Dominant by Thomastik-Infeld for Violin, Viola, Cello and Bass. The original synthetic-core string, made with perlon. Dominant strings are bright and responsive, and were, at one time, the most popular strings for violin and viola. These strings are long-lasting and reliable. These strings are also popular with electric string instrument players.

Evah Pirazzi Gold Cello Strings by Pirastro are clear, full, and with character. These steel strings provide a variety of overtones with great projection, without any metallic sharpness. Evah Pirazzi Gold cello strings are extremely responsive and react quickly over the entire dynamic range, even with very gentle bow pressure. With their reduced playing-in time, the instrument achieves its full sound spectrum in no time. These strings are also very suitable for electric or electrically-amplified cellos.

Helicore by D'Addario for Violin, Viola, and Cello are multi-strand twisted steel-core strings having a relatively warm sound, for steel-core strings. The small string diameter provides for quick bow response. Helicore boasts excellent pitch stability and longevity. We use the Helicore G and C strings to make up the JSI Special Cello Set. Helicore strings are often used on electric string instruments.

NS Electric Strings by D'Addario are designed especially for use on electric stringed instruments by expert electric instrument designer Ned Steinberger and the D'Addario string company. They are available for electric Violin, Viola, and Cello, and a choice of Electric Upright Bass strings including Contemporary Bass, Omni Cello-Bass, and Traditional Bass which are the NS standard double bass string length. Since volume is unlimited for electric instruments, NS electric strings focus on tone quality and expressive nuance rather than acoustic power. These strings provide the richest tone quality for electric instruments, and have also been found to offer greater tonal subtleties for acoustic instruments as well! The strings are made from stranded steel cores wound with aluminum, brass, tungsten, nickel, and stainless steel.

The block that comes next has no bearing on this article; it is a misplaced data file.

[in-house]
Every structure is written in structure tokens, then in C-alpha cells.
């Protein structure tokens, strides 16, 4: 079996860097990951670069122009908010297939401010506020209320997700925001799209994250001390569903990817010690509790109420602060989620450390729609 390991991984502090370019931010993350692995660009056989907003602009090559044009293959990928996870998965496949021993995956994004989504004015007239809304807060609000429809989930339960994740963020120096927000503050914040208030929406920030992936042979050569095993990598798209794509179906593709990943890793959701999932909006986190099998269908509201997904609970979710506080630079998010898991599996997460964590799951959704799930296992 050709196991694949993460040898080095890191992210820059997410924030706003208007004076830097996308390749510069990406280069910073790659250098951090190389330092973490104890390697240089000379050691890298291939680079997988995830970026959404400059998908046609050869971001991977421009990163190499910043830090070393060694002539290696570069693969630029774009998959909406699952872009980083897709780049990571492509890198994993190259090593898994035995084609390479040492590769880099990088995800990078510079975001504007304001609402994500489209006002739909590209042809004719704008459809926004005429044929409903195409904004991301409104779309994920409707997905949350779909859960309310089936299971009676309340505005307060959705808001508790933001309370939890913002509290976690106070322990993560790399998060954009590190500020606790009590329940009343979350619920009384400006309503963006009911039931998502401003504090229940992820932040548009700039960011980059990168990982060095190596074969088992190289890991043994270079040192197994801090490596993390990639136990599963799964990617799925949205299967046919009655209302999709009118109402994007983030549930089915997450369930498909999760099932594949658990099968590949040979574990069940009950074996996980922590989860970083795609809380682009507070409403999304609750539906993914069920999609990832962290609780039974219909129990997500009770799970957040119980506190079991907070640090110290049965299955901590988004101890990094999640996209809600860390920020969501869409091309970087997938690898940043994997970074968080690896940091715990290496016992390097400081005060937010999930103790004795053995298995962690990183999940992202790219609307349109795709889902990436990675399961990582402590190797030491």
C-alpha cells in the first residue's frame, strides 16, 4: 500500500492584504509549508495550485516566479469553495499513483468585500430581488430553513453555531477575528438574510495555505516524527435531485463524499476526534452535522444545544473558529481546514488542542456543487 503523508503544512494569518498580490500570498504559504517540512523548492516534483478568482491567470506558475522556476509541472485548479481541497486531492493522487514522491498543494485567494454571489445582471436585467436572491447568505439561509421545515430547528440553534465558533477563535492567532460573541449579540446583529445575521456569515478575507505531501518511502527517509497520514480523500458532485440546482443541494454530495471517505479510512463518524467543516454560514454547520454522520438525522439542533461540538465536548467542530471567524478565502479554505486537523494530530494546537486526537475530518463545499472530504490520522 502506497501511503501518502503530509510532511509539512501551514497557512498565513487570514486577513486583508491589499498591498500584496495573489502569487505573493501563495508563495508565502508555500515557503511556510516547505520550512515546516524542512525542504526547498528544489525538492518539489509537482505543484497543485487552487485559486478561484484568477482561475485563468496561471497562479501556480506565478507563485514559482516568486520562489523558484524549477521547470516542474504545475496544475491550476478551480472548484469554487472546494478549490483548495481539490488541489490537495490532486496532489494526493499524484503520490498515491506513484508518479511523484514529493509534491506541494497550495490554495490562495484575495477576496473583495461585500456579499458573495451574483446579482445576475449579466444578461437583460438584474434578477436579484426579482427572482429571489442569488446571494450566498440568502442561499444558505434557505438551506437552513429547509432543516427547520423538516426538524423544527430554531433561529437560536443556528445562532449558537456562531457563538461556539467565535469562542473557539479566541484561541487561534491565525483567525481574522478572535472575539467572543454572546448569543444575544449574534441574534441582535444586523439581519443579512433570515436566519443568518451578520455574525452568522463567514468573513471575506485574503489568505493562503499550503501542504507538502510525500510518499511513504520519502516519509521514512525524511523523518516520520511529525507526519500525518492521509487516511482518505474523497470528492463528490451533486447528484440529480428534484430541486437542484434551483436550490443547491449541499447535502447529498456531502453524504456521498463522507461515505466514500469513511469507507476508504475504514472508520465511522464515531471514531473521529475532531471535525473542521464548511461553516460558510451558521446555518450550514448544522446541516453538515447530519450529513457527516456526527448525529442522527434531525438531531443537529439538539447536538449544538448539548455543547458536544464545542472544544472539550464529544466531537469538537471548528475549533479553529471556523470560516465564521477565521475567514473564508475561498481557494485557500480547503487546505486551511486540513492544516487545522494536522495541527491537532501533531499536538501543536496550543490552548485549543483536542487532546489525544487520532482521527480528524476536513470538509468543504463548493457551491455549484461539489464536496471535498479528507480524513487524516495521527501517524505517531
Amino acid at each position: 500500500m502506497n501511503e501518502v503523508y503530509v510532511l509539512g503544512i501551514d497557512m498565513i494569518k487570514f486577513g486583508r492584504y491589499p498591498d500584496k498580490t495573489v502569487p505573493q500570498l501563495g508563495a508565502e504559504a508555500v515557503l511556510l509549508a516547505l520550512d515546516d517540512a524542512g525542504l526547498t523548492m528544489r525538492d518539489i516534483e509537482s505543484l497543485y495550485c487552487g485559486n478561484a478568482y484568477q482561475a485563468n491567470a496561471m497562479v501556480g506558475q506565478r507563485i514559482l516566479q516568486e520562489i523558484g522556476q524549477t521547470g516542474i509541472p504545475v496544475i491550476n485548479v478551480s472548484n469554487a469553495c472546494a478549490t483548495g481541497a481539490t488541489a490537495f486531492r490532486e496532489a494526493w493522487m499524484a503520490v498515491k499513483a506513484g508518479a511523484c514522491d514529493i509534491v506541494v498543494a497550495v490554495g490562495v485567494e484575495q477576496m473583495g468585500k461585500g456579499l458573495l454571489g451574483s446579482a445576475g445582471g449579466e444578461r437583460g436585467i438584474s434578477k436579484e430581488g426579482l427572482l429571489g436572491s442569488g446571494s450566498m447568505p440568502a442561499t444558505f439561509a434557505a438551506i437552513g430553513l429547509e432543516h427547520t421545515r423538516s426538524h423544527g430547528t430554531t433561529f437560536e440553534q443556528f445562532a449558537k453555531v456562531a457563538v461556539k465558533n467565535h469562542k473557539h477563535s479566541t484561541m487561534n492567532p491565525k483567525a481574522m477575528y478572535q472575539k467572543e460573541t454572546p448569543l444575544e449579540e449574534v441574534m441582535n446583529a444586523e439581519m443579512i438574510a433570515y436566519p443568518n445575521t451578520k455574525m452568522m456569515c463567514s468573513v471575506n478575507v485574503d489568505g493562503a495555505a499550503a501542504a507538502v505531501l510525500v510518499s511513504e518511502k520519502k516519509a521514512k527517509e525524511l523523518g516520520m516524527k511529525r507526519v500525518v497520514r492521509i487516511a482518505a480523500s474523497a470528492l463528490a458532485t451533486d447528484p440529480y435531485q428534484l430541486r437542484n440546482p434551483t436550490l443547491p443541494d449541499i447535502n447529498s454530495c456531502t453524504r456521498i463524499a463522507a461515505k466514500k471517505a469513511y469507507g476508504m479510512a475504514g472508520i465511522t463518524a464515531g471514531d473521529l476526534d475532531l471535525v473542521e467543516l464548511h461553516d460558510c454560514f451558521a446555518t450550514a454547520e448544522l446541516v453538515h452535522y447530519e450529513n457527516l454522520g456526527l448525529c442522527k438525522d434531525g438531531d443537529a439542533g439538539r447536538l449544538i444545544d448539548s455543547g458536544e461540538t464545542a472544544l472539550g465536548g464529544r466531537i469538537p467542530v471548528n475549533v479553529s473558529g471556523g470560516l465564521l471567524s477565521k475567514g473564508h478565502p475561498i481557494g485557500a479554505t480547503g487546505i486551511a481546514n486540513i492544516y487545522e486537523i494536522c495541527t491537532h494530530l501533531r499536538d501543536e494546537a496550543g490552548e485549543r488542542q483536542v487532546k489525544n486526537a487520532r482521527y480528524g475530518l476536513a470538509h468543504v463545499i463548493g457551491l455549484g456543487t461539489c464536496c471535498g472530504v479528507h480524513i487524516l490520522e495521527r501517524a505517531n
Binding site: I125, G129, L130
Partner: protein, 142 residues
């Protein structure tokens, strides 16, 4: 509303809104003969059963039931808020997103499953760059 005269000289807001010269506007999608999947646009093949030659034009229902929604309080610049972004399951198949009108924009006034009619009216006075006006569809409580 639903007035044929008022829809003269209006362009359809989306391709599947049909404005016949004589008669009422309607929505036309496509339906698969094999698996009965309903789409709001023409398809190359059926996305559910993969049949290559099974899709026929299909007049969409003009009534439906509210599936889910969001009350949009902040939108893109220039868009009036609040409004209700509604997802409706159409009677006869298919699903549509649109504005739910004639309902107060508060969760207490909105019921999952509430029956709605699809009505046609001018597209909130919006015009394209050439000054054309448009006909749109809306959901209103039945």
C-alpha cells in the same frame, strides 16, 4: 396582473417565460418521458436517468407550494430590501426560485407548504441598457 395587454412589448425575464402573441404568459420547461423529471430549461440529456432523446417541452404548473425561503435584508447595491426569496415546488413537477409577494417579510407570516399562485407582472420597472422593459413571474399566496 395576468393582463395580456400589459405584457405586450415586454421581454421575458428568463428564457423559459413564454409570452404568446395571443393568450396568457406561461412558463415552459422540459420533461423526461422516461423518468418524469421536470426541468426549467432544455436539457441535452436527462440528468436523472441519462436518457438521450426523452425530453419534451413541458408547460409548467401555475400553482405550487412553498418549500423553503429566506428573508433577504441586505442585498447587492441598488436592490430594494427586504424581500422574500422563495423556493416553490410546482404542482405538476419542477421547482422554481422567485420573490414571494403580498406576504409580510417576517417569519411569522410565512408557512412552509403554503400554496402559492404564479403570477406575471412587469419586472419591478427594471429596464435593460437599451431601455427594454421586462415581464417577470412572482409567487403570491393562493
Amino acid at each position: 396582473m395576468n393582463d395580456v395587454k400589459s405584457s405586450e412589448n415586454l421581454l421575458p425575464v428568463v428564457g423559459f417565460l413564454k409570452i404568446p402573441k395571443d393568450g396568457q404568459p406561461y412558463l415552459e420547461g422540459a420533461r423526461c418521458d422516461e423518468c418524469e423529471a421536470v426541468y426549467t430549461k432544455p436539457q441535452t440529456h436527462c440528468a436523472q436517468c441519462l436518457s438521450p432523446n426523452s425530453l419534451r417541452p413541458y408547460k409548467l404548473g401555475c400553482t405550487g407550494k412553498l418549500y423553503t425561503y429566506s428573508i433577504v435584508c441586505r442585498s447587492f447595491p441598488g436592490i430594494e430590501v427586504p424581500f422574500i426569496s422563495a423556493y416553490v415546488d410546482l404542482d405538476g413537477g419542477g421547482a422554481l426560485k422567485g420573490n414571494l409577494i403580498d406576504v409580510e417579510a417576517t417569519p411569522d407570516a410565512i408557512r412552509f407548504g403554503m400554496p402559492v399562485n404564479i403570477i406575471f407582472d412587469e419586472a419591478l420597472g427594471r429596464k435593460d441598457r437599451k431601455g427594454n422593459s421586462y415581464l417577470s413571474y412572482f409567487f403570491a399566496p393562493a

Tonica by Pirastro for Violin and Viola are Pirastro's answer to Thomastik-Infeld Dominant strings. Tonicas are bright, like Dominants, but produce a fuller sound with more overtones and less edginess. The break-in time is very short and they are reported to have a long lifespan. These strings are also popular among electric string instrument players.

Zyex by D'Addario for Violin, Viola, and Bass. Brilliant, yet warm and rich-sounding composite synthetic core strings with a very focused sound. Zyex strings boast stability under changing climatic conditions with excellent projection. These strings are a good alternative to Dominants and are popular among electric string instrument players.

Next Section: Installing Strings

Notes About Strings

  • The most popular strings are the mid-priced synthetic-core strings.
  • Using gut-core strings can warm up an instrument instantly; the Passione brand stabilize in pitch very quickly compared to other gut-core strings.
  • Players often start with the medium gauge or tension of strings (when offered a choice) to see how their instrument responds to the manufacturer's generally balanced tension, before experimenting with different gauges and tensions.
  • If you have remaining questions about which strings might be best for your instrument, please contact us and we will be happy to help!